Honduras authorities detained two Mexican pilots as they attempted to take off from a commercial airport with the help of a "mafia" involving airport staff, according to the air force, indicating how official corruption can undermine attempts to halt the flow of illicit air traffic.
The two Mexican pilots were detained on July 6, carrying some 400 gallons of fuel and $12,000 aboard a plane they were planning to fly out of the Goloson International Airport in the city of La Ceiba, reported Proceso. The pair were arrested on charges of preparing to traffic illegal drugs, and authorities believe they were headed to the La Mosquitia region in eastern Honduras.
The accused had reportedly flown in from San Pedro Sula, asking for permission to land at Goloson to perform tests on the plane's motor. While there, they removed the seats from the plane to make room for the fuel, which they received from people waiting in nearby vehicles -- one of whom was also arrested, reported La Prensa.
According to La Ceiba Air Force Commander Javier Barrientos, evidence in the case strongly points to the collaboration of officials from the airport and from the city, who may have facilitated the pilots' entry into the country. He attributed the case to the actions of a "large mafia" operating out of the airport, and claimed employees from the control tower, airport security, and migration authorities "permitted these [types of] situations," reported Proceso.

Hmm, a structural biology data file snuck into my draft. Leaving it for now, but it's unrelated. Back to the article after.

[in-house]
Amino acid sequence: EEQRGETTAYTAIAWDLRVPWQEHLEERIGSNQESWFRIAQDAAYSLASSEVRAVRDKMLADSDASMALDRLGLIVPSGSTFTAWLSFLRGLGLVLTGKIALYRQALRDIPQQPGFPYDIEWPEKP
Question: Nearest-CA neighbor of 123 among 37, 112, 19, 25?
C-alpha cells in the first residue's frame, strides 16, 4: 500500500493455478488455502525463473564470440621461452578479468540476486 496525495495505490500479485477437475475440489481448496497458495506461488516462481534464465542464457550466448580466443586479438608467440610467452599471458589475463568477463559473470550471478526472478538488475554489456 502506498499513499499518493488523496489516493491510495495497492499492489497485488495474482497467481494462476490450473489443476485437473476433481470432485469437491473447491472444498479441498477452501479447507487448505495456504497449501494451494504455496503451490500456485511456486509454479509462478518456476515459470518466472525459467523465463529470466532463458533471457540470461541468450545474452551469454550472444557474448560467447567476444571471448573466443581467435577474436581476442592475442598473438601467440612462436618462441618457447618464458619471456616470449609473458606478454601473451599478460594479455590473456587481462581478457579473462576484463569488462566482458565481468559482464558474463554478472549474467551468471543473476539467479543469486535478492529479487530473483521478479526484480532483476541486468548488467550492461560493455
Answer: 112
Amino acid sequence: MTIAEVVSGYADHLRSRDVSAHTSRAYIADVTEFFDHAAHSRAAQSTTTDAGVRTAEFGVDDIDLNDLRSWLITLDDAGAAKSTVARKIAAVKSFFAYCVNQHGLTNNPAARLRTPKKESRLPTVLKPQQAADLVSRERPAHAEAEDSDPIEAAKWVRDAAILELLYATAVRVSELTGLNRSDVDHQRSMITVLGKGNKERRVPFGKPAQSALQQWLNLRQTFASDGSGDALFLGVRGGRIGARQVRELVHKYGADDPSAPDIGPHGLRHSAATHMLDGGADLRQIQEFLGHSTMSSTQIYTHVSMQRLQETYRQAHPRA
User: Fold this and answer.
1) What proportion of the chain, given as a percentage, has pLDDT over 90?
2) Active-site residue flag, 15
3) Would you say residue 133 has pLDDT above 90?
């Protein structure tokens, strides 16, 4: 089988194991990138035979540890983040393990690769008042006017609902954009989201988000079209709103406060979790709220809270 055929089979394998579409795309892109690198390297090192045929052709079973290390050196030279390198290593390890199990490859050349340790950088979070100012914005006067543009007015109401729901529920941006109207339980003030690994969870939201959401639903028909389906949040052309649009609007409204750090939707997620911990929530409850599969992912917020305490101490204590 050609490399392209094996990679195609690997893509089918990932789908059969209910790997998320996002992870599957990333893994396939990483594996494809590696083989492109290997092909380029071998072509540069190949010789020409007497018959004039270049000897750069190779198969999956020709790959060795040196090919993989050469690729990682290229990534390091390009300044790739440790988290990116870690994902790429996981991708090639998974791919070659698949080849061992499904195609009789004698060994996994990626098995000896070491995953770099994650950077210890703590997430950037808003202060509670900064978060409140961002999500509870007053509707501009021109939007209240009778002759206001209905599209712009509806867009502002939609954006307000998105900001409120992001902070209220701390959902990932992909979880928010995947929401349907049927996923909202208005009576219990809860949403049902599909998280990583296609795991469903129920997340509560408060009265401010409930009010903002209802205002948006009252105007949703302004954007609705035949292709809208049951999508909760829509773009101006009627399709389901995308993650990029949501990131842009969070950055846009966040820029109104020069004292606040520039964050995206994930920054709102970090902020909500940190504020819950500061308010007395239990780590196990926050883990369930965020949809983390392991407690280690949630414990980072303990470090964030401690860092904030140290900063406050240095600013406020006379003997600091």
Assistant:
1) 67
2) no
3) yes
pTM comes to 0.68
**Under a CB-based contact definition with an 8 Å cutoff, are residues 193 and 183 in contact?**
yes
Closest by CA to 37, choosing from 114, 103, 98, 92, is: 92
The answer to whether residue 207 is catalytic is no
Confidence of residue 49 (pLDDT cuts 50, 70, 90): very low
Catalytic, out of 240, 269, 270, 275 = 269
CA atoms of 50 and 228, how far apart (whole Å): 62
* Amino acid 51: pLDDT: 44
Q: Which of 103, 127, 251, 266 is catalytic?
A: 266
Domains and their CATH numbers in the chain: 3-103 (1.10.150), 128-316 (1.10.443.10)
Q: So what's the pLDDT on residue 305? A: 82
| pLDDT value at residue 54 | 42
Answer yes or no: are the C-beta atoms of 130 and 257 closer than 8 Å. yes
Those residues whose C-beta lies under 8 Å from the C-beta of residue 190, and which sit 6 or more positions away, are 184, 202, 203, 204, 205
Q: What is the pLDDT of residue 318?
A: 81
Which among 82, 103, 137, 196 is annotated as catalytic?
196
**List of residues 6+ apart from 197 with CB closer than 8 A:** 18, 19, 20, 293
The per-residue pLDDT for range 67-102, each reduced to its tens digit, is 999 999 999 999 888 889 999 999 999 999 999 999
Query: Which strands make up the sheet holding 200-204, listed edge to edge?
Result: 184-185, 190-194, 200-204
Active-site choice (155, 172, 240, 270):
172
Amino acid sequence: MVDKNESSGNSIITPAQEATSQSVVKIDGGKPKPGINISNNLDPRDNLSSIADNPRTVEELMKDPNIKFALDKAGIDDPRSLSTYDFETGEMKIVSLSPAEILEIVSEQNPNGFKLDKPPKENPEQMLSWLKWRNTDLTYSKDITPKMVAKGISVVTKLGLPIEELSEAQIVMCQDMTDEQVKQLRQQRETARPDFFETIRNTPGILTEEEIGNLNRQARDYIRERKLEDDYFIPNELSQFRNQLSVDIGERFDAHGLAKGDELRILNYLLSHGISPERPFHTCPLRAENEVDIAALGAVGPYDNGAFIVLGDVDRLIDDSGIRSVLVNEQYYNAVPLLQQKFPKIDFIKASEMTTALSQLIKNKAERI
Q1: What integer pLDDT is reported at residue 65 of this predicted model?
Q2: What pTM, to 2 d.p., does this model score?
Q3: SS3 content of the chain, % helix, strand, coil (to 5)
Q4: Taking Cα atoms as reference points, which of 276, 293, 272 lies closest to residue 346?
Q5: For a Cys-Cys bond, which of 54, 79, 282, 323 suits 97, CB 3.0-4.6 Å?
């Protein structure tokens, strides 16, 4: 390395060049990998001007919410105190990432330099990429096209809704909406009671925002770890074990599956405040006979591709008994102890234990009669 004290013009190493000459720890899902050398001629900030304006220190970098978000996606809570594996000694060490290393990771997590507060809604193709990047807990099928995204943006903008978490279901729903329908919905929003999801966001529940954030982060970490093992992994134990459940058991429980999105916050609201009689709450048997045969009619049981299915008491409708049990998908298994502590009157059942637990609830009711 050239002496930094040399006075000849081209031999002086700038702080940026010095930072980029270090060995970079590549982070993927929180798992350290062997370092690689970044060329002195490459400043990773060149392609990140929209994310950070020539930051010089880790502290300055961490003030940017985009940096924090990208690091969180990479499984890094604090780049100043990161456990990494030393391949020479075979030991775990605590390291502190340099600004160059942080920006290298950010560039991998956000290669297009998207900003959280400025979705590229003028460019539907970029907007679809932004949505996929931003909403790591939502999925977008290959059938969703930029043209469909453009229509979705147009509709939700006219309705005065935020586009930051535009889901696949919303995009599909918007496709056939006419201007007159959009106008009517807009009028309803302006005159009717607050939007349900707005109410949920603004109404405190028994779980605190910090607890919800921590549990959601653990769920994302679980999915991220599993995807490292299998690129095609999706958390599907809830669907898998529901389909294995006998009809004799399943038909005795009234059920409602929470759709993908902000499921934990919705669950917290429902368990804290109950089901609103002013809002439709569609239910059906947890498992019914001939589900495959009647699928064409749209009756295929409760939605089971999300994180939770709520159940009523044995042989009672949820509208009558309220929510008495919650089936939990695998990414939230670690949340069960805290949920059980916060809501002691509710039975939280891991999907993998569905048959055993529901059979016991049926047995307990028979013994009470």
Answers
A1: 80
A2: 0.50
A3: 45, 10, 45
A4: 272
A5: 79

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Recent years have seen a sharp increase in drug flights passing through Honduras with northern-bound cocaine shipments. This development was spurred in part by authorities clamping down on air traffic in neighboring Guatemala, as well as the chaos following the 2009 coup, which helped turn Honduras into a narco-storehouse.
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Both the previous government and the current administration of President Juan Orlando Hernandez have made concerted efforts to reduce illicit drug flights, prioritizing the destruction of illegal airstrips, passing a shoot-down law in January and purchasing radar systems from Israel. One of the radars has already arrived in the country, while the other two are expected in August.
Nonetheless, the recent case indicates that systemic corruption also plays a role in facilitating aerial drug trafficking in Honduras, and will have to be addressed if authorities are to successfully combat drug flights.